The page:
What History Can Reveal About Aldyen Irene Hendry

Aldyen Irene Hendry, 1901 May Queen — New Westminster Archives 2428

Aldyen Irene Hendry was the longest living, richest, and most influential New Westminster May Queen.

Ms. Hendry lived for 103 years and had a life full of events. She was a May Queen, married a British Columbia Lieutenant Governor, donated a park, owned precious paintings, rubbed shoulders with British royalty, created a foundation, and held one of Canada’s most luxurious houses.

Early Years

For her education, Aldyen attended St. Ann’s Academy in the Royal City, Annie Wright School in Tacoma, Washington, and finishing school in Germany.

41st May Queen

The crowning of the May Queen is one of the key elements of the event, alongside the honour guard of boys and children dancing around the maypoles.

New Westminster’s May Day festival began in 1870, and it originates from the fertility and pagan rituals of spring in pre-Christian England. The ceremony has evolved with time, but the essence and historical parts remain unchanged. Today it is an essential community tradition, giving the city the merit of having the oldest May Day celebration in the British Commonwealth.

Fortunate Change

The young couple had decided to return to Vancouver to get married once Eric finished his job in England. But at the last minute, they changed their plans and resolved to stay in England for a while longer. It was a providential change since the intention was to travel on the Titanic!

Eric and Aldyen got married in London on May 14, 1912.

On May 1, 1936, Eric became Lieutenant Governor of British Columbia, in which position he was until August 29, 1941, achieving considerable popularity.

John Hendry, Mayor of New Westminster in 1889 — New Westminster Archives 576

John Hendry Park

Sotheby’s Auction

Its Canadian version, Canadian Antiques Roadshow, has always uncovered excellent material. And the most valuable item found on the show (at least until 2005) was a painting that obtained $336,500 at a Sotheby’s auction in London.

The painting is called Eastward Ho! by Henry Nelson O’Neil. Painted in 1858, it represents British troops embarking a ship to fight in India and their families saying goodbye to them.

Eric Hamber bought the painting in London in 1912. When he died in 1960, Aldyen gave the picture to a close friend, who auctioned it in London in 2005.

Royal Friends

Hamber Foundation

Mrs. Hamber guided the Foundation until 1971. That year, at age 86, she delegated the direction to a board of volunteer administrators who assumed control and allocation of the Foundation’s assets.

When Aldyen died in 1988, she donated a part of her estate to a large number of charities. The Hamber Foundation received the remaining assets.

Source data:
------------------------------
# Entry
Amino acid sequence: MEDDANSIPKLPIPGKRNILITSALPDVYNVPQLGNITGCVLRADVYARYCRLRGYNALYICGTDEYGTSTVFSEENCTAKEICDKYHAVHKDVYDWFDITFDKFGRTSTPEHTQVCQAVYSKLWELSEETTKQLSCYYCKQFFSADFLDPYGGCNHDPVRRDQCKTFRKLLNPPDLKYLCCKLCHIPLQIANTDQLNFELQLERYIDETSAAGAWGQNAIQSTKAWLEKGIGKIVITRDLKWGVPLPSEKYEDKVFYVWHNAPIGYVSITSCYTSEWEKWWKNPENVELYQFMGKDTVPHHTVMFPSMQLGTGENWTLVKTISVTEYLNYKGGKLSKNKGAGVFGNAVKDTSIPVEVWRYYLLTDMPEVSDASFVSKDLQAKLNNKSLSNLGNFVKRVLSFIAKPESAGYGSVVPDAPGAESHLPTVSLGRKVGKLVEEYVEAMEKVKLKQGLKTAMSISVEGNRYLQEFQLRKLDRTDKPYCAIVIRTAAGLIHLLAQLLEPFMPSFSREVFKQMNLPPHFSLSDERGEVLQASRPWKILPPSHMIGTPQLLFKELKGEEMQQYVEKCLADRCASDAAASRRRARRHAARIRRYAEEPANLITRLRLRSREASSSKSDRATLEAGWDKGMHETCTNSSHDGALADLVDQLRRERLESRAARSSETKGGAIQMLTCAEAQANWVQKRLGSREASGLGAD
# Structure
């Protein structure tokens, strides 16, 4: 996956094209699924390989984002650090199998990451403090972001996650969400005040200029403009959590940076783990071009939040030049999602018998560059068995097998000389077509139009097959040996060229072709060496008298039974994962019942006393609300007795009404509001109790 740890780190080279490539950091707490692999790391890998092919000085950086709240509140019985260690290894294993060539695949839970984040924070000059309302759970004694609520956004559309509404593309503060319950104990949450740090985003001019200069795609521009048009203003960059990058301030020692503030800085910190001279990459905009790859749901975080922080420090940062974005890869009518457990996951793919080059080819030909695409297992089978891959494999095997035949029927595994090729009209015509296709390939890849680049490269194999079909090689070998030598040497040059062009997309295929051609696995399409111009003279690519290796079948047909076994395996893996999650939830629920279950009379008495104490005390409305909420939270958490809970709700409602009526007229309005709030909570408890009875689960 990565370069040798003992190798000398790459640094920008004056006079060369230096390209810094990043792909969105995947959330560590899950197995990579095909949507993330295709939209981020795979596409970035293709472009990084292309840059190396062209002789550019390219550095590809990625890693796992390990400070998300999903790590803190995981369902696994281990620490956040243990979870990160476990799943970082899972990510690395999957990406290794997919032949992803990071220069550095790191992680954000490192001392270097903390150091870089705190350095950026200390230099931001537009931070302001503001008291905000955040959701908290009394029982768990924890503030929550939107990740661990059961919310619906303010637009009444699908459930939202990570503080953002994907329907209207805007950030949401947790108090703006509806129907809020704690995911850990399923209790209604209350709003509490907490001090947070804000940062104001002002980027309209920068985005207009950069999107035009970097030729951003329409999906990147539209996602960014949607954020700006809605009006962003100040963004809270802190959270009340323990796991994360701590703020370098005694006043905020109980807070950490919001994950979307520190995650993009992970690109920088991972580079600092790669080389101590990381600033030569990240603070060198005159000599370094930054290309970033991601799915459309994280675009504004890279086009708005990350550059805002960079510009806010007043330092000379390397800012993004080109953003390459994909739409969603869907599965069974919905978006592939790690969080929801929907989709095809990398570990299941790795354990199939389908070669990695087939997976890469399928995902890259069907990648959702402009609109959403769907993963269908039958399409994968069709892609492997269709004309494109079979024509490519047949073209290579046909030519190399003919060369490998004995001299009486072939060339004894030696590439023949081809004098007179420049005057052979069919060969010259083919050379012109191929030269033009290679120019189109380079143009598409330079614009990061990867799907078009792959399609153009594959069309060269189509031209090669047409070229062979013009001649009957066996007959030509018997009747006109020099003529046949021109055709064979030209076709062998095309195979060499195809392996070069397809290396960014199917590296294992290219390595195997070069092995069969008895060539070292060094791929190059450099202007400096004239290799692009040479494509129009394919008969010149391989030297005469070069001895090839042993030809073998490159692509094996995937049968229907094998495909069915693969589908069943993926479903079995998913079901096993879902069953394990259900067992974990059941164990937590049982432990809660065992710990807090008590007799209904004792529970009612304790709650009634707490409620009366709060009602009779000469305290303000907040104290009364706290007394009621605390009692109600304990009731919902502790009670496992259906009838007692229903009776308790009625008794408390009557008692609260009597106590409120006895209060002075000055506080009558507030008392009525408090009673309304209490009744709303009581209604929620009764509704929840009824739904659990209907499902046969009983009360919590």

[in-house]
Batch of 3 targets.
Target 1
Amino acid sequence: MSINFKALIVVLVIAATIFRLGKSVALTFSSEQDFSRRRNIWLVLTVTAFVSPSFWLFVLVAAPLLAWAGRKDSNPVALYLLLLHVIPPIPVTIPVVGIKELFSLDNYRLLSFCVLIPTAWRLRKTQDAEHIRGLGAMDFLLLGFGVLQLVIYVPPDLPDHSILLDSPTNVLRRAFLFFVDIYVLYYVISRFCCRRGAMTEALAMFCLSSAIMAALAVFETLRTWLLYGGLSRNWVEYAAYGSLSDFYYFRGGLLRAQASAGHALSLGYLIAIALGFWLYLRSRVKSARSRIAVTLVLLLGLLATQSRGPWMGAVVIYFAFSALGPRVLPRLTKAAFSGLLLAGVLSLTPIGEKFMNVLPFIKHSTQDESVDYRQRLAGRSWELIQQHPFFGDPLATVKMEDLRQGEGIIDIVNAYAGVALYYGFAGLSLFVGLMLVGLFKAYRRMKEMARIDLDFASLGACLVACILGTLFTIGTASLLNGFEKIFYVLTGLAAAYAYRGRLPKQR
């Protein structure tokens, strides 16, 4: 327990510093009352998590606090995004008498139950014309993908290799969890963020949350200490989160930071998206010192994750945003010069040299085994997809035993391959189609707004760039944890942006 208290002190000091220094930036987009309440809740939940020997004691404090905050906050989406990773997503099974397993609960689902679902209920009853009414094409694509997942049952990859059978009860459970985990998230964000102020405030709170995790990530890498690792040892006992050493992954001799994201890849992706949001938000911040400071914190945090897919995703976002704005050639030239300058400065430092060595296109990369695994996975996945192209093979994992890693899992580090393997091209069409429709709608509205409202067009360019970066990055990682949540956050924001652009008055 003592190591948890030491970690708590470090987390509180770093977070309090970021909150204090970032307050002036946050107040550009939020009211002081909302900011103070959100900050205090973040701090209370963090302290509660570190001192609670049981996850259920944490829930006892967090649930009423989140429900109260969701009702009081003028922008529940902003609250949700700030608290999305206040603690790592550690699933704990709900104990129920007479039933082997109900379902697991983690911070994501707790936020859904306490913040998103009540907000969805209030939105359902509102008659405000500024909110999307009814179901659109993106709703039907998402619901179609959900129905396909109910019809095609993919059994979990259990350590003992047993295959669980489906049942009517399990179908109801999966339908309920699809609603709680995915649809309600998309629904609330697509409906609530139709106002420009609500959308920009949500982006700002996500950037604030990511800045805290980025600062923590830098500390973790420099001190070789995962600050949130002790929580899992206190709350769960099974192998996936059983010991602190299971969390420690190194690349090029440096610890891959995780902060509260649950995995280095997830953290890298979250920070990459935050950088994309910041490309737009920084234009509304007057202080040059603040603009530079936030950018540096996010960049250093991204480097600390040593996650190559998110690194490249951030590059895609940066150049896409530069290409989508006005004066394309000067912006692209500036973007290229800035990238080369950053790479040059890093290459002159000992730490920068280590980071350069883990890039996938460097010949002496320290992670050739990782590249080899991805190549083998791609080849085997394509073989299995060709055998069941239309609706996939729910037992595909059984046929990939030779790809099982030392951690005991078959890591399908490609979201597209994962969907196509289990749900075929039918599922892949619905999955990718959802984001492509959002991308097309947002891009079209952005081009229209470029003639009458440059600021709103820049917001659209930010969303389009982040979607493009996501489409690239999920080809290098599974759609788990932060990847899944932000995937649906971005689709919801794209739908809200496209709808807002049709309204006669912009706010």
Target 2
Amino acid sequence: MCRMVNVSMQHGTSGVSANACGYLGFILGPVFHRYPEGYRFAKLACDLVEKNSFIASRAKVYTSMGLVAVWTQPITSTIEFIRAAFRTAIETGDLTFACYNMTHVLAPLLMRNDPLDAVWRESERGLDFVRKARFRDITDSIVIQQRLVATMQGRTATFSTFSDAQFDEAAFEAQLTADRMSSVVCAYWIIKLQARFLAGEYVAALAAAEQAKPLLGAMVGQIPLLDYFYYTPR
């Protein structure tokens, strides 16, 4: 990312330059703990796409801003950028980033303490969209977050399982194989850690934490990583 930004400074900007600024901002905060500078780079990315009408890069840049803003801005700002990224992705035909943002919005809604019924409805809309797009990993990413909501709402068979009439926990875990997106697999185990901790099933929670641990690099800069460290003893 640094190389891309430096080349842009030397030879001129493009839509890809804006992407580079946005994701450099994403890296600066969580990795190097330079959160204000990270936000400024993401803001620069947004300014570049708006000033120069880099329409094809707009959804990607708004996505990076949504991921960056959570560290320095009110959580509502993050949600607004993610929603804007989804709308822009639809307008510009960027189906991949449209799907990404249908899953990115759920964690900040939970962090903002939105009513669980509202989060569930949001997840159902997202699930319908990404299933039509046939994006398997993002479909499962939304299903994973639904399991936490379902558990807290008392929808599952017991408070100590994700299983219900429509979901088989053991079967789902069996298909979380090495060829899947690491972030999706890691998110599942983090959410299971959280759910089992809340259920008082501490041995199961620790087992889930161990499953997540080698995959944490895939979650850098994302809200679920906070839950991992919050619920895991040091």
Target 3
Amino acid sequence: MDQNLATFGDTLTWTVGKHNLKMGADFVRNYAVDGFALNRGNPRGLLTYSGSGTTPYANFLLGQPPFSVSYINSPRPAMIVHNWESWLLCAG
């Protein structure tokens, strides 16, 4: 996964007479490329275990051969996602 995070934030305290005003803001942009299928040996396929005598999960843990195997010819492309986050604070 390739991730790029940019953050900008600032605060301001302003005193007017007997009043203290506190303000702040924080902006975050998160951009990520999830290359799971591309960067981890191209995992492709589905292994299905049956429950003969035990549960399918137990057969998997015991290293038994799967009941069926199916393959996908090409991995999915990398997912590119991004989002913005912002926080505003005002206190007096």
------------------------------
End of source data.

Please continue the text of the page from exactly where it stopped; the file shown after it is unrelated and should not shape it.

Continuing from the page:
The Hamber Foundation offers grants for cultural, educational, and charitable purposes within British Columbia. Since 1965, the Foundation has distributed more than $12 million through the province.

Greencroft, 3838 Cypress Street, Vancouver (Jorge Luis Alonso)

The Most Expensive Property in Canada

Sure, it’s the most expensive property in Canada, but you get three homes on four strata lots for the price — four! That’s like only a little more than $11 million per lot. Who can’t afford that? Heck, if you’re tight for cash, you can rent out some of the 17 bedrooms — with 23 bathrooms and six kitchens, there’s more than enough room for guests. Bonus feature: the real estate agent’s video says it has a heated driveway — you know, for all that snow Vancouver gets. List Price: $44,999,000.

The house was built in 1912 in the First Shaughnessy development, considered the most prestigious residential neighbourhood in Vancouver. Eric and Aldyen bought the house in 1913, and then they named it Greencroft. Its architect is unknown.

The heritage plaque outside of the home reads:

Renowned for their entertaining, the Hambers hosted guests such as Louis St. Laurent, Franklin D. Roosevelt, King George VI, and Queen Elizabeth. In 2001 the house and landscaping were protected as part of the heritage revitalization of the property.

The Hambers lived at the house until 1960, the year when Eric died.

End of an Exciting Life

Mrs. Hamber died on October 3, 1988, in Vancouver, at 103 years. She was buried in Mountain View Cemetery, sharing a crypt with her husband, Eric.

The Hambers did not have any children.

About the Author

References

Community History Resource. “Trout Lake.” (accessed February 17, 2020).

Darbyshire, Peter.Nine out of the 10 most expensive homes in Canada are in B.C. — and worth more than $300 million.” Calgary Herald, April 20, 2016.

“Death Comes to Former Governor” Vancouver Sun, January 11. 1960.

Hainsworth, G., Freund-Hainsworth, K. (2005). A New Westminster Album: Glimpses of the City As It Was. Dundurn; Canadian First edition.

Mackie, John. “The Canadian Antiques Roadshows unearthed a $330,000 painting in Vancouver two years ago, raising expectations for this month’s B.C visit.” Vancouver Sun, May 12, 2006.

Royal BC Museum, Genealogy. “Registration of Death: Hamber, Aldyen Irene.“ (accessed February 17, 2020).

Royal BC Museum, Genealogy.Registration of Death: Eric Werge, Hamber.” (accessed February 16, 2020).

The Hamber Foundation (accessed February 17, 2020).

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